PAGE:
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Tottenham Owners Planning On Selling Up?

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There’s been little to write about of any note recently, mainly because of the weather and local councils’ fear of someone suing them because they fell over on an icy pavement. First off, I know the title is a little sensationalist but if ENIC were to sell Spurs that’s exactly what it would be. It would turn our little world upside down, possibly for the good but more than likely for the bad. I should add these are entirely my views and I don’t claim to be an expert in shares and all that business stuff but it’s something to read and think about on another cold winters day while we wait for Christmas and our boxing day game to be called off.

I think Daniel Levy and ENIC have done a fine job since they bought the majority of Sir/Lord Alan Sugar’s shares a decade ago and started the process of becoming the majority shareholders in the club. It took them 7 years to finish buying all of Sugar’s shares by which time the company held 68% of the overall holding and were firmly in charge.

In the last 3 years ENIC have established themselves as owners of 86% of all shares, a combination of 76% of ordinary shares and 97% of the convertible shares they had released to help fund the initial development costs of a new stadium project.

As we all know ENIC have always backed whatever manager we’ve had in the transfer market. We’ve been one of England’s biggest spenders in the last decade. We may not have liked the way Levy went about certain things and I guess a lot of what happened in the past (Martin Jol’s treatment) could be put down to a lack of experience in the football world, but he does seem to have always had the best interest of the club at heart. However, he’s a businessman and so is Joe Lewis. In the case of Lewis, a very wealthy one.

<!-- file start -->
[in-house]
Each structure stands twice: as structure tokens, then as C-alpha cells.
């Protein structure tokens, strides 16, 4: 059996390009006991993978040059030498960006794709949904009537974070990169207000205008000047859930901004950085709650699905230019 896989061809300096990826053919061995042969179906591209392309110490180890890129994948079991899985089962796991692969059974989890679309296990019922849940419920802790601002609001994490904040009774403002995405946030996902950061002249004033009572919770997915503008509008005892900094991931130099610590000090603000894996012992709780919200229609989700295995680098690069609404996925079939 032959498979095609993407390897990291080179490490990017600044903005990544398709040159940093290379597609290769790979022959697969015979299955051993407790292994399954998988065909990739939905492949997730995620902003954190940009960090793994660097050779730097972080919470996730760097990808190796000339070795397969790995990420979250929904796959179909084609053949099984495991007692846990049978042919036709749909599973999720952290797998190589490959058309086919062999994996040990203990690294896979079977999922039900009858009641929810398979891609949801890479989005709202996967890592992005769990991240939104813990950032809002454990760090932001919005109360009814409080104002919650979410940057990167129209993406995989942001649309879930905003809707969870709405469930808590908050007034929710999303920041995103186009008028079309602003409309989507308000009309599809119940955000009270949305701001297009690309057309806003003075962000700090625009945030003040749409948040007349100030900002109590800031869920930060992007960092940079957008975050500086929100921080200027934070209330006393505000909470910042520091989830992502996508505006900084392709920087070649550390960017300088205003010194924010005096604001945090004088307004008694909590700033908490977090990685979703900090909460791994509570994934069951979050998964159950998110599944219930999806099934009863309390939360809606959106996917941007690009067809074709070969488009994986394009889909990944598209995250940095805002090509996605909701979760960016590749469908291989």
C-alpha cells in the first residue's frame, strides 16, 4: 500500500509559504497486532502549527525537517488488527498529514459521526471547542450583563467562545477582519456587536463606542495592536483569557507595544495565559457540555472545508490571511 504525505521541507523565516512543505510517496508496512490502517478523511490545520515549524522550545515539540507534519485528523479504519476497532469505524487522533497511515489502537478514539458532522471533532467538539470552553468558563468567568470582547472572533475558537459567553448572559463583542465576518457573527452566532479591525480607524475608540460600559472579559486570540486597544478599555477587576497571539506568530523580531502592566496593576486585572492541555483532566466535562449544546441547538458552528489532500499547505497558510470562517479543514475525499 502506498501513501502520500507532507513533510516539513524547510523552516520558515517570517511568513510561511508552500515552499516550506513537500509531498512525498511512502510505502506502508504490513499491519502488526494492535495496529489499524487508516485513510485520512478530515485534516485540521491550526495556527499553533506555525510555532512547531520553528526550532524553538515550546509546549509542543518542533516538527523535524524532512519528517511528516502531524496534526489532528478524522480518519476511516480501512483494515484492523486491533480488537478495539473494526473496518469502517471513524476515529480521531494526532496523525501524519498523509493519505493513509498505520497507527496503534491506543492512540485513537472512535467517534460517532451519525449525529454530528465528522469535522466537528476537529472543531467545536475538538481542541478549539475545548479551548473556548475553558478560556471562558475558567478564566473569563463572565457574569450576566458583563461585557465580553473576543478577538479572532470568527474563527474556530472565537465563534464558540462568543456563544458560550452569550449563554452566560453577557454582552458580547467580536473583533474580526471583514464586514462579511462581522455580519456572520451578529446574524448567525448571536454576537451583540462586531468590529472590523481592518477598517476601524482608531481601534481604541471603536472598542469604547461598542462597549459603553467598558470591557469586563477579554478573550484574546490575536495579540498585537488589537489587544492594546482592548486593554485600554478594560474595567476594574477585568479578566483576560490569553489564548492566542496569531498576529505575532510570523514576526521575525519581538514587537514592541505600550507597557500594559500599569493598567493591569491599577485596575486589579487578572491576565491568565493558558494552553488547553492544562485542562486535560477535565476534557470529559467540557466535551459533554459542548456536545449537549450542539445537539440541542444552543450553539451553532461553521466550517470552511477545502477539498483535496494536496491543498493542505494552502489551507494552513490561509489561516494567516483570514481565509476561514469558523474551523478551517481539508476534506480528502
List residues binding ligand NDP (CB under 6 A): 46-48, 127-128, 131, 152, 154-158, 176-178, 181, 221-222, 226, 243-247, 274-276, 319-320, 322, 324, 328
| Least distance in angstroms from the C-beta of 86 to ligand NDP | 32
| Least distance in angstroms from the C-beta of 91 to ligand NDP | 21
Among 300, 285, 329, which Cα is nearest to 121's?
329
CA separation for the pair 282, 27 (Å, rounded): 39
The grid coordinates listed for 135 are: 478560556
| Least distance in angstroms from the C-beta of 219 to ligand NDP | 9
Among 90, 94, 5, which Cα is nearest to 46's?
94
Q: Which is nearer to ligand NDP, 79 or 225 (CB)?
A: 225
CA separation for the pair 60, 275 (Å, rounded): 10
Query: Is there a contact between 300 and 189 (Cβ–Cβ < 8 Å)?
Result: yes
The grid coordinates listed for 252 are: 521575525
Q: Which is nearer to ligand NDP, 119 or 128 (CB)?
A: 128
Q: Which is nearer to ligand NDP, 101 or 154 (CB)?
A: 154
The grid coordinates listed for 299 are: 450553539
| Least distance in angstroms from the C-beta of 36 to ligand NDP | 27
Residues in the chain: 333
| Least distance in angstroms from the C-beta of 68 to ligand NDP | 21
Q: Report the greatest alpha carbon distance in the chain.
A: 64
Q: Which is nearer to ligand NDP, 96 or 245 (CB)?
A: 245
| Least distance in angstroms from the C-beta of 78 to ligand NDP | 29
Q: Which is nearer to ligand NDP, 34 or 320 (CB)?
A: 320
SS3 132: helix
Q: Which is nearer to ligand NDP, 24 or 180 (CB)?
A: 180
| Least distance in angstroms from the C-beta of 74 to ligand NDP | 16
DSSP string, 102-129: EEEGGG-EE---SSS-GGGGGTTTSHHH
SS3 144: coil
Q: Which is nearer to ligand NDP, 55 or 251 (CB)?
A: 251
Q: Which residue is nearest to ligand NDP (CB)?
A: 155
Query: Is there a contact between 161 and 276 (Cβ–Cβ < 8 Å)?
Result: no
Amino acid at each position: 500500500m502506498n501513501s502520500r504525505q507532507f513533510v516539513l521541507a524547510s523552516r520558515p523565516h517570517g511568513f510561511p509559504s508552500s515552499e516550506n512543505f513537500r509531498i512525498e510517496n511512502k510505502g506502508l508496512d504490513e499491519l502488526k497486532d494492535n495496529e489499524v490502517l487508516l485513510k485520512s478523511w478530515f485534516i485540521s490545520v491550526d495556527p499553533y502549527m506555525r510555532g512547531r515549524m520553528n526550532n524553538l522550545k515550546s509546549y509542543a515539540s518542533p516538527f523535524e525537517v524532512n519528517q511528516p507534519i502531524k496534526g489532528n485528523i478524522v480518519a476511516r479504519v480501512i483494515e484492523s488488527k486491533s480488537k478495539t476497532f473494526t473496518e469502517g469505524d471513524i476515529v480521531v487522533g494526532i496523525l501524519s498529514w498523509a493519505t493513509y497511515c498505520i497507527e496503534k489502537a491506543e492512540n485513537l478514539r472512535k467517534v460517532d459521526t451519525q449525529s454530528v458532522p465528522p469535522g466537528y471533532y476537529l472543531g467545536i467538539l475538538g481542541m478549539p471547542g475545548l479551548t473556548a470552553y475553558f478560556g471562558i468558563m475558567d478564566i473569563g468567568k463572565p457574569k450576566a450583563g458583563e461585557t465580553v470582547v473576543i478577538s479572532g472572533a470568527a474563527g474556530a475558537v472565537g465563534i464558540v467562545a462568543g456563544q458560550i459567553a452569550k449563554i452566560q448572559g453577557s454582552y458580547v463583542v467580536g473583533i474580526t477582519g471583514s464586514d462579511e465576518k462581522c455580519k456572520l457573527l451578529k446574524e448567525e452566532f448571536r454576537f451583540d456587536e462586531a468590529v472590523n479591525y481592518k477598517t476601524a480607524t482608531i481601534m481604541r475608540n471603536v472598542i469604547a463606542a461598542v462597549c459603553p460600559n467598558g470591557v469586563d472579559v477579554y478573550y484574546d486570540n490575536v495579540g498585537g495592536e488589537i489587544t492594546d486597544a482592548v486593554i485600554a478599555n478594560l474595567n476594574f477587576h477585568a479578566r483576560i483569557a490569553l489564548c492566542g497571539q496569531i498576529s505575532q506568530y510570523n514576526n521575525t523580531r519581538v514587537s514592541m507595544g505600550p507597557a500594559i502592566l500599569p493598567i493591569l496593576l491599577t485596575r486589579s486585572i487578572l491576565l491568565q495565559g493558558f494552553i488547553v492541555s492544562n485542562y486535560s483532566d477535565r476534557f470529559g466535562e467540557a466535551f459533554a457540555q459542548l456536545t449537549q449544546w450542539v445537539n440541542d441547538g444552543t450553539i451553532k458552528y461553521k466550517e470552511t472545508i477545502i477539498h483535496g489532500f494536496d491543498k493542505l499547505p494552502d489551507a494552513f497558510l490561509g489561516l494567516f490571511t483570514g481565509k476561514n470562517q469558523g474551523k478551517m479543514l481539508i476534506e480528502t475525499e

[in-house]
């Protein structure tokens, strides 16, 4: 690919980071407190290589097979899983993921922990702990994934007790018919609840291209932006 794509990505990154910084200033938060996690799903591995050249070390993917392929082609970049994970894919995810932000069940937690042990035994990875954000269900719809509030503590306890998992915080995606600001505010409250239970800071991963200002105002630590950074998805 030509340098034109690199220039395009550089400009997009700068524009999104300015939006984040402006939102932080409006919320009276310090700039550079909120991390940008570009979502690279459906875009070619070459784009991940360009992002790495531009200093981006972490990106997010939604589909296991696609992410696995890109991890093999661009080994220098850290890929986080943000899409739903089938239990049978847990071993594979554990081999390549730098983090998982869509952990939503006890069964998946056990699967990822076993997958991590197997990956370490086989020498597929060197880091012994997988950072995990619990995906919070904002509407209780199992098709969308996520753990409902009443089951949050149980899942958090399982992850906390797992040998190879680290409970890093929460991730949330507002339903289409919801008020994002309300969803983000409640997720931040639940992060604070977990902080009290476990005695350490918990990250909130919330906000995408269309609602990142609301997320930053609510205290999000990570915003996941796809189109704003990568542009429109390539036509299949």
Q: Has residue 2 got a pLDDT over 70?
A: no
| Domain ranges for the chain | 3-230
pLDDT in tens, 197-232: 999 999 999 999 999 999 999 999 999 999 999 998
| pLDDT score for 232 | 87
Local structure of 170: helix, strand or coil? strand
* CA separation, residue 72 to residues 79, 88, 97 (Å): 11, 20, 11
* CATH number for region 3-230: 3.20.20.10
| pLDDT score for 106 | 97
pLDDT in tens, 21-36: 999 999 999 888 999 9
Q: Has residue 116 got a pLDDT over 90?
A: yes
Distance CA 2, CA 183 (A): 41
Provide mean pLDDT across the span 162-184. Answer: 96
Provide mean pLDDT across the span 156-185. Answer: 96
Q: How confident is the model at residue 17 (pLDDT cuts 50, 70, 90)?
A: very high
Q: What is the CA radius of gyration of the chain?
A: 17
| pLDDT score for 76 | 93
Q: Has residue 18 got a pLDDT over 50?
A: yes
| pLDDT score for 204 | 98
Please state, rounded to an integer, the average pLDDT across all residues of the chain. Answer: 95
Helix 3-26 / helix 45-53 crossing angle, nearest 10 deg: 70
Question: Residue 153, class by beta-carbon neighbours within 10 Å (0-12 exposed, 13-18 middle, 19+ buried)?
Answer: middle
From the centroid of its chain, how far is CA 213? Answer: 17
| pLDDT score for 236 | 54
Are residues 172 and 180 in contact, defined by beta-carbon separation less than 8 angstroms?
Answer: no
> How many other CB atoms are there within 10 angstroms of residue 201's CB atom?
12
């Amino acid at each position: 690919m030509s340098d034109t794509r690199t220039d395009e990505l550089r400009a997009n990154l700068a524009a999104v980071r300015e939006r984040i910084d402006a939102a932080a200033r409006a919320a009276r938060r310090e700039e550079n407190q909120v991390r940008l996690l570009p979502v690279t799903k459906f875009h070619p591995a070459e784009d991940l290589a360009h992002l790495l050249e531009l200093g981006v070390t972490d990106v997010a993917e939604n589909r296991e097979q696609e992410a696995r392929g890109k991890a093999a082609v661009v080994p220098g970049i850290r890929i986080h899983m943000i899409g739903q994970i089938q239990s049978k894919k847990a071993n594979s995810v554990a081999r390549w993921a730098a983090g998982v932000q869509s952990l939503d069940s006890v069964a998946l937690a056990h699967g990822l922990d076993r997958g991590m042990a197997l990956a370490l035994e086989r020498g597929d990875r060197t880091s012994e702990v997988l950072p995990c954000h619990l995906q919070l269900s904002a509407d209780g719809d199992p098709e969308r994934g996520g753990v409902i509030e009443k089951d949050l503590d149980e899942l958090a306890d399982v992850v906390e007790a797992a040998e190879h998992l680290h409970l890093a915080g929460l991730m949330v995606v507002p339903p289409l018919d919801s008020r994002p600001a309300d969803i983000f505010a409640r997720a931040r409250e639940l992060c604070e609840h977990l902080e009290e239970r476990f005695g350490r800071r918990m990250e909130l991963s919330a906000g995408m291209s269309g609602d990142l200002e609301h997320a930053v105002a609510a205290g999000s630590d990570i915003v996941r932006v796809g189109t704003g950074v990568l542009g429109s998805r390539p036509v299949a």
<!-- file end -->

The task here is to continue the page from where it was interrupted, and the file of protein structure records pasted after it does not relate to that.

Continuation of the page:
Rumours have circulated for at least the last 5 years that ENIC would sell up soon for a tidy profit but it hasn’t materialised. The better the team got and therefore the more exposure to the world media it obtained the higher the share price rose. The one thing the club is missing is a stadium. It’s no secret Roman Abromovich “looked” at Spurs but settled on Chelsea because they were in the Champions League, were in the nicer area than north London and their stadium offered more than ours. You’ve got to wonder why Sheikh Mansour chose Manchester City out of all the clubs in the world and over a club like Spurs. Obviously we weren’t for sale but I don’t think that sort of thing stops people like that. There’s no doubt in my mind if City were still playing at Maine Road they wouldn’t be the richest club in the world at the moment.

Everyone knows to compete at the highest level you have to have that big stadium and City had theirs. Is it plausible that had we already been sitting in a nice 50,000+ stadium we might’ve been wearing keffiyeh’s? The benefit of not having to fund a new stadium is a massive plus for any potential buyer.

Which brings me on to the recent news that ENIC have bought even more shares in the club:

Tottenham Hotspur chairman Daniel Levy has tightened his grip on the Premier League club.

ENIC International – a company in which Levy is interested – now holds 181,793,258 Tottenham Hotspur ordinary shares, representing 86% of the issued ordinary share capital.

This follows the conversion of 56,247 preference shares into 87,857,814 ordinary shares.

ENIC no longer holds any interest in preference shares.